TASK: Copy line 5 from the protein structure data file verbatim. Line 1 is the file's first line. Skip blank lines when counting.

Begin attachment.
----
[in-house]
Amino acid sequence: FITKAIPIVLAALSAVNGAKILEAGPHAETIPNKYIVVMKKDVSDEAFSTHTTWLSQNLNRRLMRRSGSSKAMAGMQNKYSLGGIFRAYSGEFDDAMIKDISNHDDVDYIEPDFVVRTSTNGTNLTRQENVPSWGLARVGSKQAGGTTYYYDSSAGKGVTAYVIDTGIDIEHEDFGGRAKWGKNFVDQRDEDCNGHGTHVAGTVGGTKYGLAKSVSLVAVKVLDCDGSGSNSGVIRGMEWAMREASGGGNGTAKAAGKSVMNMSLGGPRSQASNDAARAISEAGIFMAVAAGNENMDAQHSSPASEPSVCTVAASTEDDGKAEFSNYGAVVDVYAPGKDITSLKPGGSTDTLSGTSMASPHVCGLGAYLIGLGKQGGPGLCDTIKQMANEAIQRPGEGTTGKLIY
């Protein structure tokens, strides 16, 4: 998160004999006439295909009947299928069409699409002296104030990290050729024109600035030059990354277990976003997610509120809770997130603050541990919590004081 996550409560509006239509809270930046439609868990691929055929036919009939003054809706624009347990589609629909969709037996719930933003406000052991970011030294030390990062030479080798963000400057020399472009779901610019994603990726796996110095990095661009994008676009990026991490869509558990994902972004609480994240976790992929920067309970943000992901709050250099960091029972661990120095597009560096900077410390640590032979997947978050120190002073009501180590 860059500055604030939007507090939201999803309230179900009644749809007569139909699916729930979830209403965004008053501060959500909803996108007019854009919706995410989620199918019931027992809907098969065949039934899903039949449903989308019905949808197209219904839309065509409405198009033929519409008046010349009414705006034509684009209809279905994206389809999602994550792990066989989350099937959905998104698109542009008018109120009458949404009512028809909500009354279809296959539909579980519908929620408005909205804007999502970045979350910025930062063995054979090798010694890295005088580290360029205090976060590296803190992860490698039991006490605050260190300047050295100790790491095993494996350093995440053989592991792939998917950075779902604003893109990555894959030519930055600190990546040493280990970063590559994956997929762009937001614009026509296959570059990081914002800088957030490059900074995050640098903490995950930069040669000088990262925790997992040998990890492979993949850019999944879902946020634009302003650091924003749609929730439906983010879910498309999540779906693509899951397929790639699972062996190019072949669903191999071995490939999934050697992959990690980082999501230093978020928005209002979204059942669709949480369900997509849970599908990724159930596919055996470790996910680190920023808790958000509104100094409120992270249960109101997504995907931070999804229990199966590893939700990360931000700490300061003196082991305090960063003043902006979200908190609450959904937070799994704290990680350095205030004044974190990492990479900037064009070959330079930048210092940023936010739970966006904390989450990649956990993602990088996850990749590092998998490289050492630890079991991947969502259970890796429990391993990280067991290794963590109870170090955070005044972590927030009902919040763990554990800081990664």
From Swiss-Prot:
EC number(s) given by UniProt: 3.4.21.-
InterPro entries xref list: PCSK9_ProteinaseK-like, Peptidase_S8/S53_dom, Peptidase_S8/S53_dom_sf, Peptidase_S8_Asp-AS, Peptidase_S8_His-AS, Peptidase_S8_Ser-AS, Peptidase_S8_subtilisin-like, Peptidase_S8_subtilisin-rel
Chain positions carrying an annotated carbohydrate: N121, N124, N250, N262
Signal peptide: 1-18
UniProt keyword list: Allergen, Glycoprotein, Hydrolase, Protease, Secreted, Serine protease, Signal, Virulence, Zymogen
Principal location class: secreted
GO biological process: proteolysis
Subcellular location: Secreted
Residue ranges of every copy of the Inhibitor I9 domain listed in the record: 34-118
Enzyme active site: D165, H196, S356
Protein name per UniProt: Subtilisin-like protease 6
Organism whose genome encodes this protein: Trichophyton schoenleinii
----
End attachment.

EC number(s) given by UniProt: 3.4.21.-